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By: Stephanie Wilbur Ash | Posted: 06/19/2014
What is a Swayze?
Is it a charming mambo chasse across a bourgeois resort ballroom? A wild, rolling wave gyrating against a trembling shore? An earnest heart open to the face God?
A roundhouse kick to the gut?
A Swayze is all of these things—plus the Tao Te Ching and the non-boring parts of the Kama Sutra—wrapped without body fat into something not capable of being duplicated in this realm. Even, I suspect, by Minnesotan Steven Grant Douglas, who is currently romanticalizing audiences Swayze-style at the Orpheum, as Sam Wheat in Ghost: The Musical. (The show runs until June 23.)
My humble, Gen-X fangirl ethos dictates that if anyone could capture comprehensive Swayziness and swirl it down to Earth again, it’s a Minnesota Red River Valley boy who majored in theatre and minored in dance in the outdoorsman’s paradise that is Duluth. That’s rad, Mr. Douglas, considering the real Swayze has similar worker-artist origins—raised in Texas by a draftsman and a dance instructor.
But Swayze’s are big pointe shoes/platform heels/steel-toed boots to fill, homeboy. Consider other contemporary Hollywood beefcake slices who’ve surfed some Swayziness but never ridden the wave all the way:
Justin Timberlake. Swayze’s defining physical characteristic is his status as a dancer first, working the Gene Kelly/Fred Astaire tradition. No one is that physical anymore. No one really was during Swayze’s heyday—his body awareness leaps out of his most popular work. (Point Break skydiving and surfing consultants marveled at how quickly Swayze became expert; it was the dance, he said.) Singer-songwriter-dancer-actor Timberlake is a dance-y man, too. In my mind, he’s as close as it comes to Swayze-fied physicality in a leading man today.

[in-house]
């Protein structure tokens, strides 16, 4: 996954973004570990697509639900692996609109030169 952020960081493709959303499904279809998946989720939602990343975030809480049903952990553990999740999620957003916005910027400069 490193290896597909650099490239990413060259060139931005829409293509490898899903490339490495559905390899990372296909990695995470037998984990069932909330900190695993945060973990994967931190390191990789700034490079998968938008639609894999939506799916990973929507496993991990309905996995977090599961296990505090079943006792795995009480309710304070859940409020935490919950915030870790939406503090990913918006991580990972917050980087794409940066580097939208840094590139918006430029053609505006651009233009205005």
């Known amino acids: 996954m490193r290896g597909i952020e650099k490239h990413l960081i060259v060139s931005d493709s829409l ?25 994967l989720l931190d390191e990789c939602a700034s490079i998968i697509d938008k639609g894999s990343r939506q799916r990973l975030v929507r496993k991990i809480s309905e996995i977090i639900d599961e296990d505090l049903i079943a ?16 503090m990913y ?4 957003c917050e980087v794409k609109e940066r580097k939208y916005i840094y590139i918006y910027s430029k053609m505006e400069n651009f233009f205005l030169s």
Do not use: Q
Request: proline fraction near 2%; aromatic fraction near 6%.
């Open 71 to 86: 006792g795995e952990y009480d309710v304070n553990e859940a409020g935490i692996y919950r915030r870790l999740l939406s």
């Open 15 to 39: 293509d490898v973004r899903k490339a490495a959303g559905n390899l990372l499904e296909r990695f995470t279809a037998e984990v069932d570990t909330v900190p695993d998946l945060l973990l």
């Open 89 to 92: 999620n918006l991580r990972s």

The fork in the J.T.-Swayze road comes in their emotional awareness of self. Swayze’s defining emotive quality is that he knows more than you. J.T. rocks that too. What J.T. doesn’t rock is gratitude for the journey. Swayze characters worked hard for their enlightenment, and they will teach you how. (Swayze talked often of his mother’s demanding perfectionism; his characters channel that.) Timberlake seems to have been born at Disney World as the king of Space Mountain. Swayze uses his power to seek a higher purpose and bring you along. J.T. is an object of desire and he plays with that. Their SNL sketches are perfect examples: Timberlake’s best SNL sketch is almost as good as Swayze’s legendary Chippendale’s audition. But when Swayze wins the audition, he cries out of gratefulness, gets the judges to admit that superchub Farley’s moves are better, and thanks Farley (in internal monologue, because Swayze has a soul) for “bringing out the best in him.” J.T. gives me his d*ck. It’s in a box. Because that’s what he's told me I want.
Zac Efron. He sings, he dances, his Hairspray performance makes me feel extra-largely loved (for once), but come on! Efron is a kid! His big vehicle so far is the High School Musical franchise. He's evolved since to the world view of a naughty frat boy. Swayze is a man. He was 34 when he dirty danced into our dreams. I’m curious to see how Efron develops, but right now he’s less a Swayze and more a Footlose-era Kevin Bacon, and if you don’t understand the difference, watch Kevin Bacon parody himself earlier this year.
Ryan Gosling. Well this is tough. Gosling did ballet. He was bullied as a kid. He comes from working class roots with a strong religious foundation. He found himself in performance. All that is seriously Swayze-fied backstory. And there’s a lot of sizzling Swayze sex appeal in The Notebook—you can almost imagine a young Swayze in the Gosling roll. (“There is no easy way,” Gosling says to the love of his life. Of course Swayze would agree.) In all his roles, Gosling brings the commitment to craft you also get from Swayze—they earnestly act the crap out of their stuff. And they both play protectors with their lion hearts roaring.